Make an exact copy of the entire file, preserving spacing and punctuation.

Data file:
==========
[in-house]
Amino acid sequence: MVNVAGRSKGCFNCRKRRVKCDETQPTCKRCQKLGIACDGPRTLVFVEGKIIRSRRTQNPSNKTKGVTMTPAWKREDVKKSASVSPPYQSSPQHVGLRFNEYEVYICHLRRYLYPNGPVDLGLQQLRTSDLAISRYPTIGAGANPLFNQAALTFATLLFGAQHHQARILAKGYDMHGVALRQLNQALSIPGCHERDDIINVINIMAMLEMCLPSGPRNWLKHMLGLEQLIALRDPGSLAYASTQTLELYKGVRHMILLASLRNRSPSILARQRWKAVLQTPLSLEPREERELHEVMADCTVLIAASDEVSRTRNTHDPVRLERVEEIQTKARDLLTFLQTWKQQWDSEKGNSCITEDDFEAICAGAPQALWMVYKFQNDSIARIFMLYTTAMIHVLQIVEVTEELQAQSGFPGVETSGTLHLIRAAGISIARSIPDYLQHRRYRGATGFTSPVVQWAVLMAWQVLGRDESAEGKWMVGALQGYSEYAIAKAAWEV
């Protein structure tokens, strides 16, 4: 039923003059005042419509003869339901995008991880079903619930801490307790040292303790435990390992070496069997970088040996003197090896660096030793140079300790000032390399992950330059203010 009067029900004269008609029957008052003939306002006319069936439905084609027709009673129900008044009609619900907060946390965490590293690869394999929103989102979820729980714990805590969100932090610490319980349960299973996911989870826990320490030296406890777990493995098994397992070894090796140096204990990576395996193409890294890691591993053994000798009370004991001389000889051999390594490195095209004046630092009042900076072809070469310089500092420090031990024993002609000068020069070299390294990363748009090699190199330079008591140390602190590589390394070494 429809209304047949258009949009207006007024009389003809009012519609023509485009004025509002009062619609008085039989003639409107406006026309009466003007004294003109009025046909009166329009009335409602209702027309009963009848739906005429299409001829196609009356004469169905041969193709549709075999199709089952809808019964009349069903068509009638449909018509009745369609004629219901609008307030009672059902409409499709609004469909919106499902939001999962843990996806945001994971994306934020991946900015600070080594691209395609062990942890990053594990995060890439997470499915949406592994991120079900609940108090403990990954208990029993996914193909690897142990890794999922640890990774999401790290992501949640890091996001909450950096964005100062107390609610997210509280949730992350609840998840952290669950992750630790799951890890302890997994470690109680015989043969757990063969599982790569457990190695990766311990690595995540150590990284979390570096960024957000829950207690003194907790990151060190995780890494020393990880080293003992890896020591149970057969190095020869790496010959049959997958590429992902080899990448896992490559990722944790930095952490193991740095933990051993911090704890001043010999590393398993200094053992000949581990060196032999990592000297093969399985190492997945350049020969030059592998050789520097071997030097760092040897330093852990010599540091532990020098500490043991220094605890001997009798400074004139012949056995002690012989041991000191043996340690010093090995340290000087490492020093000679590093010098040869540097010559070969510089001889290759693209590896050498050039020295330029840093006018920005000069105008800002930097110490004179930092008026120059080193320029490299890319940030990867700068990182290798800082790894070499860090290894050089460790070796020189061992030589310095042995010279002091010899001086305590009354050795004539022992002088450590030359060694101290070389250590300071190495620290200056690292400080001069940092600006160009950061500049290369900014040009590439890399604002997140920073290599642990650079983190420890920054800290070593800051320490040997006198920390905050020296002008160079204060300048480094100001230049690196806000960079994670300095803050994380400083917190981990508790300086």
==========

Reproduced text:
[in-house]
Amino acid sequence: MVNVAGRSKGCFNCRKRRVKCDETQPTCKRCQKLGIACDGPRTLVFVEGKIIRSRRTQNPSNKTKGVTMTPAWKREDVKKSASVSPPYQSSPQHVGLRFNEYEVYICHLRRYLYPNGPVDLGLQQLRTSDLAISRYPTIGAGANPLFNQAALTFATLLFGAQHHQARILAKGYDMHGVALRQLNQALSIPGCHERDDIINVINIMAMLEMCLPSGPRNWLKHMLGLEQLIALRDPGSLAYASTQTLELYKGVRHMILLASLRNRSPSILARQRWKAVLQTPLSLEPREERELHEVMADCTVLIAASDEVSRTRNTHDPVRLERVEEIQTKARDLLTFLQTWKQQWDSEKGNSCITEDDFEAICAGAPQALWMVYKFQNDSIARIFMLYTTAMIHVLQIVEVTEELQAQSGFPGVETSGTLHLIRAAGISIARSIPDYLQHRRYRGATGFTSPVVQWAVLMAWQVLGRDESAEGKWMVGALQGYSEYAIAKAAWEV
């Protein structure tokens, strides 16, 4: 039923003059005042419509003869339901995008991880079903619930801490307790040292303790435990390992070496069997970088040996003197090896660096030793140079300790000032390399992950330059203010 009067029900004269008609029957008052003939306002006319069936439905084609027709009673129900008044009609619900907060946390965490590293690869394999929103989102979820729980714990805590969100932090610490319980349960299973996911989870826990320490030296406890777990493995098994397992070894090796140096204990990576395996193409890294890691591993053994000798009370004991001389000889051999390594490195095209004046630092009042900076072809070469310089500092420090031990024993002609000068020069070299390294990363748009090699190199330079008591140390602190590589390394070494 429809209304047949258009949009207006007024009389003809009012519609023509485009004025509002009062619609008085039989003639409107406006026309009466003007004294003109009025046909009166329009009335409602209702027309009963009848739906005429299409001829196609009356004469169905041969193709549709075999199709089952809808019964009349069903068509009638449909018509009745369609004629219901609008307030009672059902409409499709609004469909919106499902939001999962843990996806945001994971994306934020991946900015600070080594691209395609062990942890990053594990995060890439997470499915949406592994991120079900609940108090403990990954208990029993996914193909690897142990890794999922640890990774999401790290992501949640890091996001909450950096964005100062107390609610997210509280949730992350609840998840952290669950992750630790799951890890302890997994470690109680015989043969757990063969599982790569457990190695990766311990690595995540150590990284979390570096960024957000829950207690003194907790990151060190995780890494020393990880080293003992890896020591149970057969190095020869790496010959049959997958590429992902080899990448896992490559990722944790930095952490193991740095933990051993911090704890001043010999590393398993200094053992000949581990060196032999990592000297093969399985190492997945350049020969030059592998050789520097071997030097760092040897330093852990010599540091532990020098500490043991220094605890001997009798400074004139012949056995002690012989041991000191043996340690010093090995340290000087490492020093000679590093010098040869540097010559070969510089001889290759693209590896050498050039020295330029840093006018920005000069105008800002930097110490004179930092008026120059080193320029490299890319940030990867700068990182290798800082790894070499860090290894050089460790070796020189061992030589310095042995010279002091010899001086305590009354050795004539022992002088450590030359060694101290070389250590300071190495620290200056690292400080001069940092600006160009950061500049290369900014040009590439890399604002997140920073290599642990650079983190420890920054800290070593800051320490040997006198920390905050020296002008160079204060300048480094100001230049690196806000960079994670300095803050994380400083917190981990508790300086």